Valero et al. [5••] recorded electrically evoked responses in the majority of CI recipients with hypoplasia of the auditory nerve (AN). The atypical amplitude and latencies of these responses suggested nonauditory generators and should not be misread as typical EABR peaks. Chronic CI stimulation of the hypoplastic nerve did not promote normal auditory brainstem maturity and did not discourage uncharacteristic development in the brainstem. The type of abnormal evoked response cannot be predicted by the severity of the hypoplastic AN, auditory nerve canal (ANC), or IAC; there was no relationship between auditory pathway size and evoked brainstem response to determine whether they will be good CI candidates with these structural defects, but the unpredictable evoked responses observed here would make it difficult to predict auditory outcomes. Although there was limited initial improvement in speech perception outcomes, children with stenotic IAC and hypoplastic AN did not achieve comparable behavioral results with their CIs compared with children with an uncompromised AN. Moreover, the difference in terms of behavioral tests were kept even in long term follow up, i.e., children with compromised AN were found to be at scores of 24 months of those with normal AN at their 120th follow-up month. These data, along with abnormal electrophysiological findings, suggest that children with hypoplasia of the AN, are not stellar candidates for cochlear implantation. If the decision is made to proceed with cochlear implantation, families should be counseled that expectations of auditory and spoken language development should be tempered.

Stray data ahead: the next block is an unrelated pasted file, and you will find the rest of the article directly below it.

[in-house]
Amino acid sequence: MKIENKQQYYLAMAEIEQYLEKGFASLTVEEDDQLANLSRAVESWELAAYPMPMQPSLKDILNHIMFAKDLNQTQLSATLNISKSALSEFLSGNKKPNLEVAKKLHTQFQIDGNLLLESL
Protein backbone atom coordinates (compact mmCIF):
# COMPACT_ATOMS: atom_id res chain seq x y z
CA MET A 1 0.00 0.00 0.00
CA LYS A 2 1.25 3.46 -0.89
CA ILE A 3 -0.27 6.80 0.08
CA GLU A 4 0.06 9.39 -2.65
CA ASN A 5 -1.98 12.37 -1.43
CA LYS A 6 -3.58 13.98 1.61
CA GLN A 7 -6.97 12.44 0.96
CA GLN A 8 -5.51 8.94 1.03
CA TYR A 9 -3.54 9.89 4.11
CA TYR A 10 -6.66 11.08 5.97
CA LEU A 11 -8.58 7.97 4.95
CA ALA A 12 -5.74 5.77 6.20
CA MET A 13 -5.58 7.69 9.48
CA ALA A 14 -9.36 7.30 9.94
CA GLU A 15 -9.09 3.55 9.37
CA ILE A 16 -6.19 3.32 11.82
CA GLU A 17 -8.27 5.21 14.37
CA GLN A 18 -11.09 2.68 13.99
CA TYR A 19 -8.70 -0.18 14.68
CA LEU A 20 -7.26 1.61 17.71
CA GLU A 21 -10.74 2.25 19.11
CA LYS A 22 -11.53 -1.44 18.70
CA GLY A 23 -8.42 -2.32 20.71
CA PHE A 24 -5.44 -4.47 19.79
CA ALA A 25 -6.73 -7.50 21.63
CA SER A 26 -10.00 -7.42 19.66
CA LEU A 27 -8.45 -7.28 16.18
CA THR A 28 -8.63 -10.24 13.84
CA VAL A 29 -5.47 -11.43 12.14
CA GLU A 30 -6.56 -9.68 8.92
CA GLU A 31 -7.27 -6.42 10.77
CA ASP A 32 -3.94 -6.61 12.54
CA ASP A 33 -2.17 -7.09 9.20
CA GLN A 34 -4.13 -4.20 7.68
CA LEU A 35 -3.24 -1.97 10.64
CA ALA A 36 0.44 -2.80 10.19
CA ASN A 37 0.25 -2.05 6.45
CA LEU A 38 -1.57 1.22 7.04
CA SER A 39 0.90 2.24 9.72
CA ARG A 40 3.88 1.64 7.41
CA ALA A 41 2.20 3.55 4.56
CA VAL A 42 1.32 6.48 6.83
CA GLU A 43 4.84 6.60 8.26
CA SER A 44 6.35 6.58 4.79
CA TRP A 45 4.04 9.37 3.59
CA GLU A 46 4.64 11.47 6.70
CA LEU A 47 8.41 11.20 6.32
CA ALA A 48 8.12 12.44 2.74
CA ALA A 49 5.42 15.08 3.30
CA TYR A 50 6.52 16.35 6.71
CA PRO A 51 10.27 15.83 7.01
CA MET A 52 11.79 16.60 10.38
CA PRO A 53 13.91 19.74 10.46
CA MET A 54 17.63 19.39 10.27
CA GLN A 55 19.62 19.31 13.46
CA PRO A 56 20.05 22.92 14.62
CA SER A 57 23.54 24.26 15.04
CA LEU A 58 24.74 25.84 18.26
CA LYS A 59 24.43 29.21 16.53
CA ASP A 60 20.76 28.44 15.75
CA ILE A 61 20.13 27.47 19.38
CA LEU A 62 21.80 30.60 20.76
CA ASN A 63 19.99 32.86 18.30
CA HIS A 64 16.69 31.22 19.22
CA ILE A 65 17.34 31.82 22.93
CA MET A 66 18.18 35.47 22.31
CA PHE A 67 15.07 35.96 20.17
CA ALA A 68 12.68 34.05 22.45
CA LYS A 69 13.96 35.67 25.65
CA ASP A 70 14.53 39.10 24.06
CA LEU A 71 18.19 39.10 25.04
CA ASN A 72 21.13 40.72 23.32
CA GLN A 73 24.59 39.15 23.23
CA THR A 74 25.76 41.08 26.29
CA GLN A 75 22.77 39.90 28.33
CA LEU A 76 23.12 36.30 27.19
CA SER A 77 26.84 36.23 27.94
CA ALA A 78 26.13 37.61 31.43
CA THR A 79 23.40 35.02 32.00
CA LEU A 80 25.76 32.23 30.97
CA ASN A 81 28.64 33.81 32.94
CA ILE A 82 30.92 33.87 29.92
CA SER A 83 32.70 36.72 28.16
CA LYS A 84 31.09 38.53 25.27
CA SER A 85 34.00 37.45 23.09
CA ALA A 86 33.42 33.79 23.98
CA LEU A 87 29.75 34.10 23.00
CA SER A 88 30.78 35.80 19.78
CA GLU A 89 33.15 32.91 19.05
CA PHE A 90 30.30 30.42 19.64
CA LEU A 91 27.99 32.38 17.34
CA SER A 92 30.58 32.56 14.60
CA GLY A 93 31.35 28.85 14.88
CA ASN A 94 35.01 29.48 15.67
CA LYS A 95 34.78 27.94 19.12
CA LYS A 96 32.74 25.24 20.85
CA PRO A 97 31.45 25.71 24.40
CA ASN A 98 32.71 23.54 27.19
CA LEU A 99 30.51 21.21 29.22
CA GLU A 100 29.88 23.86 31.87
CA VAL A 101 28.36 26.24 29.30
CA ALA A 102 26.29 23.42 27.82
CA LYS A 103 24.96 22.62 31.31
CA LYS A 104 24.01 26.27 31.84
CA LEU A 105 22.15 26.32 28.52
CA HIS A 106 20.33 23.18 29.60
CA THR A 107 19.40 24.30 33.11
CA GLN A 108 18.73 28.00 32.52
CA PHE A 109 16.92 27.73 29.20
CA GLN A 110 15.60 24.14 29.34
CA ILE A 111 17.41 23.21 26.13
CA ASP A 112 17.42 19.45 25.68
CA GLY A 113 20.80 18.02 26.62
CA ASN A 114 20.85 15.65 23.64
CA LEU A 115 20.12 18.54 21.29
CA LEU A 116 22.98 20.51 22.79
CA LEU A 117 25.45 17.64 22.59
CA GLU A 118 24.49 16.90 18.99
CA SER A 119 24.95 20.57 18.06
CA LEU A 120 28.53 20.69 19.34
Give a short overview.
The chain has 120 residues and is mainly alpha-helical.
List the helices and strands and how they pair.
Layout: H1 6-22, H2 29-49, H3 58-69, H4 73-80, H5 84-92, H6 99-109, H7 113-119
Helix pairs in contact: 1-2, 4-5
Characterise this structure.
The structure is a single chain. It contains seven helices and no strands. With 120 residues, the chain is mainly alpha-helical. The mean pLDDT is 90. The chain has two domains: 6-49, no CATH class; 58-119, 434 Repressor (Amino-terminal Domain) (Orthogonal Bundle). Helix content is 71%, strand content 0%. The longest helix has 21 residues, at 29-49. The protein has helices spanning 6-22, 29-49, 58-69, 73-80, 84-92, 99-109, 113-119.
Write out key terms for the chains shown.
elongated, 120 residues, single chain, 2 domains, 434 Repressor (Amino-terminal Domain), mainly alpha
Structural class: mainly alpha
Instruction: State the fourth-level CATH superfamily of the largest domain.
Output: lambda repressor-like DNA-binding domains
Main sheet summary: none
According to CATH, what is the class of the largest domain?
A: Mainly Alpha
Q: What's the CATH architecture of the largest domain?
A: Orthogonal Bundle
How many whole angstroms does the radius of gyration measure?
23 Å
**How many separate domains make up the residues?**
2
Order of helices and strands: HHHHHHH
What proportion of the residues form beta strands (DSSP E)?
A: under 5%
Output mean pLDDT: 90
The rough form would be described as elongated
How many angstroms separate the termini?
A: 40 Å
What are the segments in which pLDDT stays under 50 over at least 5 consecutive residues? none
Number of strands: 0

Buchman et al. [6] reported CI results in patients with labyrinthine anomalies. They concluded that the implanted children with cochlear nerve deficiency had poor speech perception abilities. This suggested that the peripheral neural populations in patients with cochlear nerve deficiency are insufficient for the development of synchronized auditory stimulation in most instances. They proposed initial usage of CI before ABI in these situations. One of the important findings of this study was that, intracochlear eight nerve compound action potential (ECAP) testing results were associated with the development of speech perception abilities. However, they emphasized the requirement of further electrical stimulation technologies prior to placement of CI.